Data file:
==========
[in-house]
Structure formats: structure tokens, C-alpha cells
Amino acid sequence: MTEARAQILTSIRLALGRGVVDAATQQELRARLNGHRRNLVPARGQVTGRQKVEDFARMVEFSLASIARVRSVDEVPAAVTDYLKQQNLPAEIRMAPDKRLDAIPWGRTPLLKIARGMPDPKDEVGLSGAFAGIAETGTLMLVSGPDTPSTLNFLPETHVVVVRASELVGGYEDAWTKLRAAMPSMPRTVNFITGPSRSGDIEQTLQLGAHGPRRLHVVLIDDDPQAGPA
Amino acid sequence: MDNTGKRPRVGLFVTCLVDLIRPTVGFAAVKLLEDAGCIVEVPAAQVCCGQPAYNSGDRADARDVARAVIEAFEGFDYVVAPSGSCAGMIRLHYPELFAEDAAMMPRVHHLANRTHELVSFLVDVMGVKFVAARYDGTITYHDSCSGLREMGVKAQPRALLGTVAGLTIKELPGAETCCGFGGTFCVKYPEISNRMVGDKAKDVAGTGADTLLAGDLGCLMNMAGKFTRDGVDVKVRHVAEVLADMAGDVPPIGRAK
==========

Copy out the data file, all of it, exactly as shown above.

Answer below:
[in-house]
Structure formats: structure tokens, C-alpha cells
Amino acid sequence: MTEARAQILTSIRLALGRGVVDAATQQELRARLNGHRRNLVPARGQVTGRQKVEDFARMVEFSLASIARVRSVDEVPAAVTDYLKQQNLPAEIRMAPDKRLDAIPWGRTPLLKIARGMPDPKDEVGLSGAFAGIAETGTLMLVSGPDTPSTLNFLPETHVVVVRASELVGGYEDAWTKLRAAMPSMPRTVNFITGPSRSGDIEQTLQLGAHGPRRLHVVLIDDDPQAGPA
Amino acid sequence: MDNTGKRPRVGLFVTCLVDLIRPTVGFAAVKLLEDAGCIVEVPAAQVCCGQPAYNSGDRADARDVARAVIEAFEGFDYVVAPSGSCAGMIRLHYPELFAEDAAMMPRVHHLANRTHELVSFLVDVMGVKFVAARYDGTITYHDSCSGLREMGVKAQPRALLGTVAGLTIKELPGAETCCGFGGTFCVKYPEISNRMVGDKAKDVAGTGADTLLAGDLGCLMNMAGKFTRDGVDVKVRHVAEVLADMAGDVPPIGRAK